Here is the latest Caml Weekly News, for the week of February 17 to 24, 2009.
Archive: http://groups.google.com/group/fa.caml/browse_thread/thread/5f6c1634d72114df#Victor Nicollet asked, Yaron Minsky replied, and Xavier Leroy explained:
Victor Nicollet wrote: > I'm working with both lazy expressions and threads, and noticed that the > evaluation of lazy expressions is not thread-safe: Yaron Minsky wrote: > At a minimum, this seems like a bug in the documentation. The > documentation states very clearly that Undefined is called when a value > is recursively forced. Clearly, you get the same error when you force a > lazy value that is in the process of being forced for the first time.... > It does seem like fixing the behavior to match the current documentation > would be superior to fixing the documentation to match the current behavior. It's not just the Lazy module: in general, the whole standard library is not thread-safe. Probably that should be stated in the documentation for the threads library, but there isn't much point in documenting it per standard library module. As to making the standard library thread-safe by sprinkling it with mutexes, Java-style: no way. There is one part of the stdlib that is made thread-safe this way: buffered I/O operations. (The reason is that, owing to the C implementation of some of these operations, a race condition in buffered I/O could actually crash the whole program, rather than just result in unexpected results as in the case of pure Caml modules.) You (Yaron) and others recently complained that such locking around buffered I/O made some operations too slow for your taste. Wait until you wrap a mutex around all Lazy.force operations... More generally speaking, locking within a standard library is the wrong thing to do: that doesn't prevent race conditions at the application level, and for reasonable performance you need to lock at a much coarser grain, again at the application level. (That's one of the things that make shared-memory programming with threads and locks so incredibly painful and non-modular.) Coming back to Victor's original question: > Aside from handling a mutex myself (which I don't find very elegant for > a read operation in a pure functional program) is there a solution I can > use to manipulate lazy expressions in a pure functional multi-threaded > program? You need to think more / tell us more about what you're trying to achieve with sharing lazy values between threads. If your program is really purely functional (i.e. no I/O of any kind), OCaml's multithreading is essentially useless, as you're not going to get any speedup from it and would be better off with sequential computations. If your program does use threads to overlap computation and I/O, using threads might be warranted, but then what is the appropriate granularity of locking that you'd need? A somewhat related question is: what semantics do you expect from concurrent Lazy.force operations on a shared suspension? One thread blocks while the other completes the computation? Same but with busy waiting? (if the computations are generally small). Or do you want speculative execution? (Both threads may evaluate the suspended computation.) There is no unique answer to these questions: it all depends on what you're trying to achieve...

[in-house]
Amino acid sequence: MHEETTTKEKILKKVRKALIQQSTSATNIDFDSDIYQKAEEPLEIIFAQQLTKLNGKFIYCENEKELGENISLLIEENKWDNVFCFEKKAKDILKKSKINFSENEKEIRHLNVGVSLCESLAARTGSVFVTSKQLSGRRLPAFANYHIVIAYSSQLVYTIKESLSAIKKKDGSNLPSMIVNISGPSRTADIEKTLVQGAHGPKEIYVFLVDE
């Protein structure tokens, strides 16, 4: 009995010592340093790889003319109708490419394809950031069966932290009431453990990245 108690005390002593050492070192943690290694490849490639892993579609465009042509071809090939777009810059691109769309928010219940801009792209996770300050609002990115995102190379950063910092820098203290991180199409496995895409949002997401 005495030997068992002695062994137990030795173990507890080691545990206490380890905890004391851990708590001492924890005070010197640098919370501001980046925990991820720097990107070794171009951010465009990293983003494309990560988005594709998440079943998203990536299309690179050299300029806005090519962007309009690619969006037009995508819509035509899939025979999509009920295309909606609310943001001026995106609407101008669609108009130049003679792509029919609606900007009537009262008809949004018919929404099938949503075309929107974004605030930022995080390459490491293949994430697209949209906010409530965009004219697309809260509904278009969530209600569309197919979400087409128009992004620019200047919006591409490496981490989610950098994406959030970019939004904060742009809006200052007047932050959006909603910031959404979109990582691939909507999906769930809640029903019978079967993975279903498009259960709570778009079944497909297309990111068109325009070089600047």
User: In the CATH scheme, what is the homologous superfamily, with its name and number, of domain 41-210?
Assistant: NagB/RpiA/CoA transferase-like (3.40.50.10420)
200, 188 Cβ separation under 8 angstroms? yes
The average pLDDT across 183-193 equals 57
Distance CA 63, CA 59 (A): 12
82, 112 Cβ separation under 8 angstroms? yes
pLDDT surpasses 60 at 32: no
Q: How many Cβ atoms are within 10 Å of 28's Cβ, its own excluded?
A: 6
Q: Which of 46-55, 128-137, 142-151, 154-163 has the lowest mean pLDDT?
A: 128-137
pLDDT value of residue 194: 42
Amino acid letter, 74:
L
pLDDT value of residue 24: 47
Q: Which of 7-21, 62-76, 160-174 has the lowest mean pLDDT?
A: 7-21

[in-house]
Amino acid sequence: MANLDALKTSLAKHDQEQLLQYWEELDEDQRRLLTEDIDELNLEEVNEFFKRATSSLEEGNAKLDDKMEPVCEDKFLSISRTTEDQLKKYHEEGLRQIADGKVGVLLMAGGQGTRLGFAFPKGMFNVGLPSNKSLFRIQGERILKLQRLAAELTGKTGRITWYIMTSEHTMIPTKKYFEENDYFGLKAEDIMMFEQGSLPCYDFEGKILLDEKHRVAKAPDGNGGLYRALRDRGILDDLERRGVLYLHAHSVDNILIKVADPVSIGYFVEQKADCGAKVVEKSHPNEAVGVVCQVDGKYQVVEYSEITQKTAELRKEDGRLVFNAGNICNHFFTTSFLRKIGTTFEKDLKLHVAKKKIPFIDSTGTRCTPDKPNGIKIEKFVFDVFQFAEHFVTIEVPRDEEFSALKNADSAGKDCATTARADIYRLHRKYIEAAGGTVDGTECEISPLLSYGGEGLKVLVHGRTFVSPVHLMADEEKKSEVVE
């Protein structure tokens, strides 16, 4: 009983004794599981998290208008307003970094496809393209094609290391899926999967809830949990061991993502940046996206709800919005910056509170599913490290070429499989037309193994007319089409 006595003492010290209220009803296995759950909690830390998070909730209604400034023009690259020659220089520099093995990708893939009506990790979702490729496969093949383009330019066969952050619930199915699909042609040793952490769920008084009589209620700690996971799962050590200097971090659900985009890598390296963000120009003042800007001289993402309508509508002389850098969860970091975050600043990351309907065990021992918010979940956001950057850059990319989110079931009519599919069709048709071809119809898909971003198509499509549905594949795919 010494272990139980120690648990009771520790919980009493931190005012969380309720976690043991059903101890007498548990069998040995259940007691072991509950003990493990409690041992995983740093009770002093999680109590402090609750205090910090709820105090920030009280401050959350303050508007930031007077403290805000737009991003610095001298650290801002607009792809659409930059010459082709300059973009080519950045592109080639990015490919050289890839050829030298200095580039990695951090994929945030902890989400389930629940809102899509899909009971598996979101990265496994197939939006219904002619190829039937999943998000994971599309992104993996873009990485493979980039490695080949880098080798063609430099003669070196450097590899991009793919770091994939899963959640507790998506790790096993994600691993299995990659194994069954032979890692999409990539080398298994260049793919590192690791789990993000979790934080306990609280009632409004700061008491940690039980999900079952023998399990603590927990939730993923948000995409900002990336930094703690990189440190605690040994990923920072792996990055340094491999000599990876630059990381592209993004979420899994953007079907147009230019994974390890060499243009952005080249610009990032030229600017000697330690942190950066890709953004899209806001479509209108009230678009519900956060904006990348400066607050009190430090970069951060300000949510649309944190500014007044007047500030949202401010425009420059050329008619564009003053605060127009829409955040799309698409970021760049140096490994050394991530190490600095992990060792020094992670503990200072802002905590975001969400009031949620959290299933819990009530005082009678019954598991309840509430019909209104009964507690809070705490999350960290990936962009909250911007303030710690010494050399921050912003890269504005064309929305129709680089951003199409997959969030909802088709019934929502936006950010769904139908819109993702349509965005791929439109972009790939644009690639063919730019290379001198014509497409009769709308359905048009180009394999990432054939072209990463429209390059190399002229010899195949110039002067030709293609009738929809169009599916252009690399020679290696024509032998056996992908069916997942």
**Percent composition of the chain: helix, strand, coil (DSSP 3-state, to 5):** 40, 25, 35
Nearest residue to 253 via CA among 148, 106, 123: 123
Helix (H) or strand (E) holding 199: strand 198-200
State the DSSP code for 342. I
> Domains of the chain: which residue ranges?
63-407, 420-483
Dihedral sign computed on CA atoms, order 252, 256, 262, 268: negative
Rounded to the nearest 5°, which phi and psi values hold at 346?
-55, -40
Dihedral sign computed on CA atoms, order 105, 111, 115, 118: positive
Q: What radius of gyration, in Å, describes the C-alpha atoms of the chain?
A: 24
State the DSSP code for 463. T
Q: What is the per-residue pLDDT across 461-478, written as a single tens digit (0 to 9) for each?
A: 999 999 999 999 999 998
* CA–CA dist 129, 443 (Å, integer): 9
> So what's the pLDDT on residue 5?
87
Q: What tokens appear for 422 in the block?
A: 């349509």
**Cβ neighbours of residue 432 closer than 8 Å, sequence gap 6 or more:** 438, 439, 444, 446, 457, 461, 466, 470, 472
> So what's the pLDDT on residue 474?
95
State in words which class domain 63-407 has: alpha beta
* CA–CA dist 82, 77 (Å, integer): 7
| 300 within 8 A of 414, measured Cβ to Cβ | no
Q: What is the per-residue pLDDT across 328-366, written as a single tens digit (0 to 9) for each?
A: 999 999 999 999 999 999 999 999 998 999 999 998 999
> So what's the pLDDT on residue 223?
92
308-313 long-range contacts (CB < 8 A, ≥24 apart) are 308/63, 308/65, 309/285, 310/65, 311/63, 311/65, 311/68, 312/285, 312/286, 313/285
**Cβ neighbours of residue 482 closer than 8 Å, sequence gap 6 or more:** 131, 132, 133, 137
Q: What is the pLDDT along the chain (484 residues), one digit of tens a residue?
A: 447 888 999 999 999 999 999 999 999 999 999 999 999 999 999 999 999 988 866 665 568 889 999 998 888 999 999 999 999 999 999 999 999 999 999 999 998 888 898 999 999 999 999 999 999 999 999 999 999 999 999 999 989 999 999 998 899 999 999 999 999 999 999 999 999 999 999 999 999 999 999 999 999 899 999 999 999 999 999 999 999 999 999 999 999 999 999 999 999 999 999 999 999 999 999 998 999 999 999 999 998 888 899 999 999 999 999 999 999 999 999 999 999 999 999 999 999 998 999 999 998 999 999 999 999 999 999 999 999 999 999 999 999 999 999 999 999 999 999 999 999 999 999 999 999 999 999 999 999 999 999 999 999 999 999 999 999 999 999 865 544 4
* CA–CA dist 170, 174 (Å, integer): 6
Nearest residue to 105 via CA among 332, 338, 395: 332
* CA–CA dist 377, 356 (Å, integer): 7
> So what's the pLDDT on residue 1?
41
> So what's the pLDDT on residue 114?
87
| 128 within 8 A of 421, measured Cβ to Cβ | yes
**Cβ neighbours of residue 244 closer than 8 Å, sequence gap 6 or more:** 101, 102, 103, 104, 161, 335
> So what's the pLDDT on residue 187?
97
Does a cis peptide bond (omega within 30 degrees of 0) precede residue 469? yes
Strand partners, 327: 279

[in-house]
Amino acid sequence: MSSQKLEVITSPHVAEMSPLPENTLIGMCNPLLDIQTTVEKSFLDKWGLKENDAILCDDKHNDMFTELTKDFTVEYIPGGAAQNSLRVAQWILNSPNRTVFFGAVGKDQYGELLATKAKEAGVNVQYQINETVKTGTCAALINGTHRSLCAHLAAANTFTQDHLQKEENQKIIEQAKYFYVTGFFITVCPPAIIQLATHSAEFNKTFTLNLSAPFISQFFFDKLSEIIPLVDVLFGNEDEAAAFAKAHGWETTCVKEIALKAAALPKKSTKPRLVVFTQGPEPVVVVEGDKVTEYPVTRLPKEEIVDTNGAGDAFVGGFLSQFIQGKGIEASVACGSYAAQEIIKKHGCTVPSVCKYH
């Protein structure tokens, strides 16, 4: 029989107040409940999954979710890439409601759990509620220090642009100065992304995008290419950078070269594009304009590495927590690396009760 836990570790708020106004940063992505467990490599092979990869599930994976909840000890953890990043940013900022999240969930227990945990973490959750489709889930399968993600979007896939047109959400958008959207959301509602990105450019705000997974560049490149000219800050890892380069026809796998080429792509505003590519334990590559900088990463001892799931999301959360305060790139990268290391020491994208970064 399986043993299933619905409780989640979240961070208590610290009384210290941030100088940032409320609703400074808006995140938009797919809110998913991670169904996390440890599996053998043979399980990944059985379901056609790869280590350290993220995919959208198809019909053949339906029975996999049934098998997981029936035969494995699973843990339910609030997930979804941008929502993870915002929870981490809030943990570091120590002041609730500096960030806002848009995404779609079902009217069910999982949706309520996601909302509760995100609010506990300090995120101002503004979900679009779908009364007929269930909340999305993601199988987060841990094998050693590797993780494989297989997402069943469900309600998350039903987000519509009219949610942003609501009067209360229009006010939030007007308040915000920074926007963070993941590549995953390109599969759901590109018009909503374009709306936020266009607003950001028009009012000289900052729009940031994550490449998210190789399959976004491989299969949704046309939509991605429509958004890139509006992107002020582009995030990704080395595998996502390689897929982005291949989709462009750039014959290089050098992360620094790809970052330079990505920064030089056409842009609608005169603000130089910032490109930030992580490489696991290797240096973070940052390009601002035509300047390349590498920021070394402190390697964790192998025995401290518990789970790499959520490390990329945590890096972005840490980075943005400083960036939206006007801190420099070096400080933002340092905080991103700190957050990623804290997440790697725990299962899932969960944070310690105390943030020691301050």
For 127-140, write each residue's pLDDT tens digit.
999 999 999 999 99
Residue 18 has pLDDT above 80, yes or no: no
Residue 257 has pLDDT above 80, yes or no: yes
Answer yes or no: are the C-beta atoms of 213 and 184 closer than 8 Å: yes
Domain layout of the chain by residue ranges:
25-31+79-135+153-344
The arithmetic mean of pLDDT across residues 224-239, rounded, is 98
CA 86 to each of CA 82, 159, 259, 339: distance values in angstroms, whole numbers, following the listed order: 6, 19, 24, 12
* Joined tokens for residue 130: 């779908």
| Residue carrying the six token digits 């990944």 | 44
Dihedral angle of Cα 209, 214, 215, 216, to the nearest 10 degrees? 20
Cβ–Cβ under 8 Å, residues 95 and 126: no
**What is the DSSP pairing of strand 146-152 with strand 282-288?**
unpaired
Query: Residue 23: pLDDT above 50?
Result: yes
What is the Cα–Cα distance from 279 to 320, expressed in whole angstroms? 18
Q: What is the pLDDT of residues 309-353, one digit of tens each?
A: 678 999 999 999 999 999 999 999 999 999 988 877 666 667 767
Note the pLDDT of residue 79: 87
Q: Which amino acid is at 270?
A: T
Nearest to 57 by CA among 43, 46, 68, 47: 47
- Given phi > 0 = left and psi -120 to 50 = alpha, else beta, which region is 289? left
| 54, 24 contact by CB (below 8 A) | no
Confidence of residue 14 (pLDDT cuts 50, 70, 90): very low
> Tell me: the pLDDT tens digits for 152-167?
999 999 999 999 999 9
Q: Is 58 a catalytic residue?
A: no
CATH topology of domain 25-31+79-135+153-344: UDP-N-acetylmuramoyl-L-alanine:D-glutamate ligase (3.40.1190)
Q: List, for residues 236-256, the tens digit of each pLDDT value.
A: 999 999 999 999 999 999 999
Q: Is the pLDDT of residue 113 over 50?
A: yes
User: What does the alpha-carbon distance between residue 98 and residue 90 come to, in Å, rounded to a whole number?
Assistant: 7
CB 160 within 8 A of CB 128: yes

Archive: http://groups.google.com/group/fa.caml/browse_thread/thread/5b8405aec126996d#Atmam Ta asked: